China’s economy will post strong growth in 2021. Assuming the continued suppression of COVID-19, growth is projected to reach 8.5 percent this year. For next year we expect growth to slow to 5.4 percent, as low base effects dissipate, and the economy returns to its pre-COVID trend growth.
As the recovery becomes more entrenched, the structure of aggregate demand is expected to continue to rotate toward private domestic demand. Real consumption growth is projected to gradually return to its pre-COVID-19 trend, supported by the ongoing labor market recovery, rising household incomes and improved consumer confidence. Investment will also remain an engine of growth, but its structure is expected to shift toward private investment as manufacturing capex picks up, offsetting cooling infrastructure and property investment. As the global recovery is gaining momentum, export demand is expected to keep industrial capacity utilization high in the short term. However, the contribution of net exports to growth will moderate in the medium term as import growth picks up and international travel slowly resumes in 2022.
Despite the recent surge in imported raw material prices and a pick-up in domestic demand, consumer price inflation is expected to remain below target. This reflects the limited pass-through of rising producer prices to consumer prices as well as the effect of pork price deflation after last year’s swine fever.
Given persistent uncertainty, the authorities will need to stay agile and proactively adjust the level and composition of macroeconomic policy support. As China’s recovery firms up, macroeconomic policies are expected to shift from accommodative to more neutral settings. The pace of policy normalization, however, should continue to be data-dependent and calibrated to the strength of the recovery in China and the rest of the world.
Unless inflation moves well above target and inflation expectations become unanchored, monetary policy normalization should proceed cautiously.
Financial stability risks associated with high corporate leverage and inflated property markets will need to be closely monitored. Rising corporate defaults may cause short-term financial market volatility but will improve risk pricing over the long run. A strengthened corporate insolvency framework would facilitate the orderly exit of weak or failing corporates, freeing up resources to flow to more productive uses. Similarly, a comprehensive framework to deal with weak banks that are unable to meet capital requirements is also critical to allow non-viable banks to exit without triggering contagion to the wider banking system.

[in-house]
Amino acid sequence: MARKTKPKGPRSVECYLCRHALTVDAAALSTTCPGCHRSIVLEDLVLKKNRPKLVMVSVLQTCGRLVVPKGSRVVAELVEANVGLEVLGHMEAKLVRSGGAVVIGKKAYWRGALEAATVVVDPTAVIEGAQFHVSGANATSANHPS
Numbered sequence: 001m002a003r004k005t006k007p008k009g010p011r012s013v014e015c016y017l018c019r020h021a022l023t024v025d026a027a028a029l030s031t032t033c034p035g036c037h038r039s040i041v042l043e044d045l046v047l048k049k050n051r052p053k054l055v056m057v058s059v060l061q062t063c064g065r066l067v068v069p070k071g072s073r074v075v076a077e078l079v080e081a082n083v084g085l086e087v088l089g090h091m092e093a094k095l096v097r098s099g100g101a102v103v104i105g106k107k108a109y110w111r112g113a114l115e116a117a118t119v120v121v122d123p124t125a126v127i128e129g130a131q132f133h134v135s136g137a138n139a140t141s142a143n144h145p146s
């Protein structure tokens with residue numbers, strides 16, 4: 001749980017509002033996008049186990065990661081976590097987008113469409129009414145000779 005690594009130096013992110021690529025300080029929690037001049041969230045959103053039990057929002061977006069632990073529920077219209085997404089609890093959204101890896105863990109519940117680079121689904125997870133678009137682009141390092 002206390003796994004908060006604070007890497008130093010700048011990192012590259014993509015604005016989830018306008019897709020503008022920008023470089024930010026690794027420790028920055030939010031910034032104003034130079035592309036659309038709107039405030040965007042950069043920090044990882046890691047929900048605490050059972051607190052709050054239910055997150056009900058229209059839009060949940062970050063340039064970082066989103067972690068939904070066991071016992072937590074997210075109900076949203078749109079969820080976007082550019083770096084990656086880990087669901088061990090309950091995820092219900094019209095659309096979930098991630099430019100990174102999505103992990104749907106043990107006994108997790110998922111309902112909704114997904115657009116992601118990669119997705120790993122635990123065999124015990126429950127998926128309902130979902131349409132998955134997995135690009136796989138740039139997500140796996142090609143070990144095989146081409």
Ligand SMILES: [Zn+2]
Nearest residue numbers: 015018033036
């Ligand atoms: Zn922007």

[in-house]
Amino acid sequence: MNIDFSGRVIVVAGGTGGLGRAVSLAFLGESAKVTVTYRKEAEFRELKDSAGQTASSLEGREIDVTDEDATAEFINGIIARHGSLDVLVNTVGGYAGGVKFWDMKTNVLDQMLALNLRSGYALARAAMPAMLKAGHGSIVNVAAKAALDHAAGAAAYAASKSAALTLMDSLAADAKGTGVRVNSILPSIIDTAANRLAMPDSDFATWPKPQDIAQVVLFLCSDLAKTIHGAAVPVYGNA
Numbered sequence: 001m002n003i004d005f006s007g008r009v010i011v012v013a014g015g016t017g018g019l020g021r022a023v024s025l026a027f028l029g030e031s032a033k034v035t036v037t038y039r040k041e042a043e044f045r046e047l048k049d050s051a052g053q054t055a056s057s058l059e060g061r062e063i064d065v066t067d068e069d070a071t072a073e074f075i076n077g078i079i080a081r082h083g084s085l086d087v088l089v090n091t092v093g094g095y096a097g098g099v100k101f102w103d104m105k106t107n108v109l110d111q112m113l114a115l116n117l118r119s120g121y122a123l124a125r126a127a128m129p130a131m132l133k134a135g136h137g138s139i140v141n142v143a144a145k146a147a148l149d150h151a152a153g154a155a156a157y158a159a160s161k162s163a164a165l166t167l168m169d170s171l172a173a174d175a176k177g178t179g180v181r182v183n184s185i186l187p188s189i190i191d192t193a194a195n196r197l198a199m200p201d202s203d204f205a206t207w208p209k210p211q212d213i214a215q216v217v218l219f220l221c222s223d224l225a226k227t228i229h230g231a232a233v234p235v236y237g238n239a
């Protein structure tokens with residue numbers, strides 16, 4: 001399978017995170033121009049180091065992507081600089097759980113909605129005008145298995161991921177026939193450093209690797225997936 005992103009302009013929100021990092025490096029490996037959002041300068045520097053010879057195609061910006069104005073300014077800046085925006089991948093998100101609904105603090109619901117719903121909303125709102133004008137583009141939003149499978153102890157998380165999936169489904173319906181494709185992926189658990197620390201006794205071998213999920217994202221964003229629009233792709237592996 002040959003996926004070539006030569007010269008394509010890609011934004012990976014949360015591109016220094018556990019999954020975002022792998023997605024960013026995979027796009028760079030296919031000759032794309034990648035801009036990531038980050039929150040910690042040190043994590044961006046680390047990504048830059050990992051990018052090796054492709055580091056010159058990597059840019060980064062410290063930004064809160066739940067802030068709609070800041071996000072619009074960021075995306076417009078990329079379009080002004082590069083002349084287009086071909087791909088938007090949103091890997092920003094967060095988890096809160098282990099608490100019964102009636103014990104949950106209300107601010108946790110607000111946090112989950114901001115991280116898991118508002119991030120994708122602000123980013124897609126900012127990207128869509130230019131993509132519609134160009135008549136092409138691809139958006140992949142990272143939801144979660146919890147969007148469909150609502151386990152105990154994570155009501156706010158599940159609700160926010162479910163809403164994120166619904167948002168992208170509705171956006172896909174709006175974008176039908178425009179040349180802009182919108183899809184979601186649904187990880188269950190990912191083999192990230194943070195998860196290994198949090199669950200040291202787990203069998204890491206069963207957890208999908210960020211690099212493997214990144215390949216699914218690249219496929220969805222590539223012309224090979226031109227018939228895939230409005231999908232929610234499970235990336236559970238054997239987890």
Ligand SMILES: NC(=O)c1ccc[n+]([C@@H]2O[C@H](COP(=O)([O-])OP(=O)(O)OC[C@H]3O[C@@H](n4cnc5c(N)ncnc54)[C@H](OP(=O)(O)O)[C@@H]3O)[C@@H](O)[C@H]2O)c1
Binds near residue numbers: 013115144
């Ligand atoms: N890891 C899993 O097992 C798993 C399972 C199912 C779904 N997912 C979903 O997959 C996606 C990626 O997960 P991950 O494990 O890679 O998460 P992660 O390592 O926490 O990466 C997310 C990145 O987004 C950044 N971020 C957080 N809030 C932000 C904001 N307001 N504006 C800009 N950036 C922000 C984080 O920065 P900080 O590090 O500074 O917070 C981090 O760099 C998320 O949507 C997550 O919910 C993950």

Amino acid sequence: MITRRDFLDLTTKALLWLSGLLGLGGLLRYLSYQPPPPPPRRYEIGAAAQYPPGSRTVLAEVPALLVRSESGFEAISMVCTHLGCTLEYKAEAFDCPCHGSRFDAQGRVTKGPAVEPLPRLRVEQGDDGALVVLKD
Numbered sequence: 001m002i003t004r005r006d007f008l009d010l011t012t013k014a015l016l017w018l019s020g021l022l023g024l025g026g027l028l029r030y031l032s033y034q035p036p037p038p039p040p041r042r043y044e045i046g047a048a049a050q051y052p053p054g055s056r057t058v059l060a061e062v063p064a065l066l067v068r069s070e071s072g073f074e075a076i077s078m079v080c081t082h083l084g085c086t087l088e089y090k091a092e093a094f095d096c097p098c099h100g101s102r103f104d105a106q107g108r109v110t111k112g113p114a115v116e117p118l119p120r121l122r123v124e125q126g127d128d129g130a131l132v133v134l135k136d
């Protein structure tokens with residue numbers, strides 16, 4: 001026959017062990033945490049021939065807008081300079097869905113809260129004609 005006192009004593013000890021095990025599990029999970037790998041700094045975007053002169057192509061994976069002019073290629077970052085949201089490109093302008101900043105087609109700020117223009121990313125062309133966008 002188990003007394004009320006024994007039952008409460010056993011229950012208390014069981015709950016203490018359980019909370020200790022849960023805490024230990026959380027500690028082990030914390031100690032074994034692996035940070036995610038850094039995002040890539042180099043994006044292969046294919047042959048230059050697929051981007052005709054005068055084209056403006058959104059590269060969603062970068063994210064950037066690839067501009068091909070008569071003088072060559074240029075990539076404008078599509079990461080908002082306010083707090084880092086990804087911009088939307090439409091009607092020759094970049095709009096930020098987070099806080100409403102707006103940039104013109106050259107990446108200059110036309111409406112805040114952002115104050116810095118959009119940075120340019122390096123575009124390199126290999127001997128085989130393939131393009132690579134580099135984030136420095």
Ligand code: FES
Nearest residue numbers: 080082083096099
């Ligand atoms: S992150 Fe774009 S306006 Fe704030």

Turning to fiscal policy, China has policy space at the central level, and policy makers should be ready to maintain fiscal support should private demand remain sluggish and external imbalances further increase. Focusing additional fiscal efforts on social spending and green investment rather than traditional infrastructure investment would not only help secure the recovery and bolster short-term demand but also contribute to the intended medium-term rebalancing of China’s economy.
Looking beyond this year’s rebound, policymakers should redouble their efforts toward promoting growth-enhancing structural reforms and steering the economy onto a greener, more resilient, and inclusive development path. Achieving higher-quality growth requires mutually reinforcing reforms:
First, more progressive taxation together with stronger social safety nets would help curb high income inequality and boost consumer spending.
Second, a wider use of carbon pricing together with scaled-up green investment could accelerate China’s intended transition to low carbon growth in line with its long-term objective of achieving carbon neutrality by 2060
Third, continued opening-up of domestic markets for example by further reducing the negative list for private and foreign investment together with policies to mitigate distortions in factor markets, including in the financial system would improve resource allocation, enhance competition and boost innovation .
A strong effort in this direction during China’s 14th Five-Year Plan (FYP) will raise productivity and incomes and lead to more balanced, consumption-driven, and environmentally sustainable growth.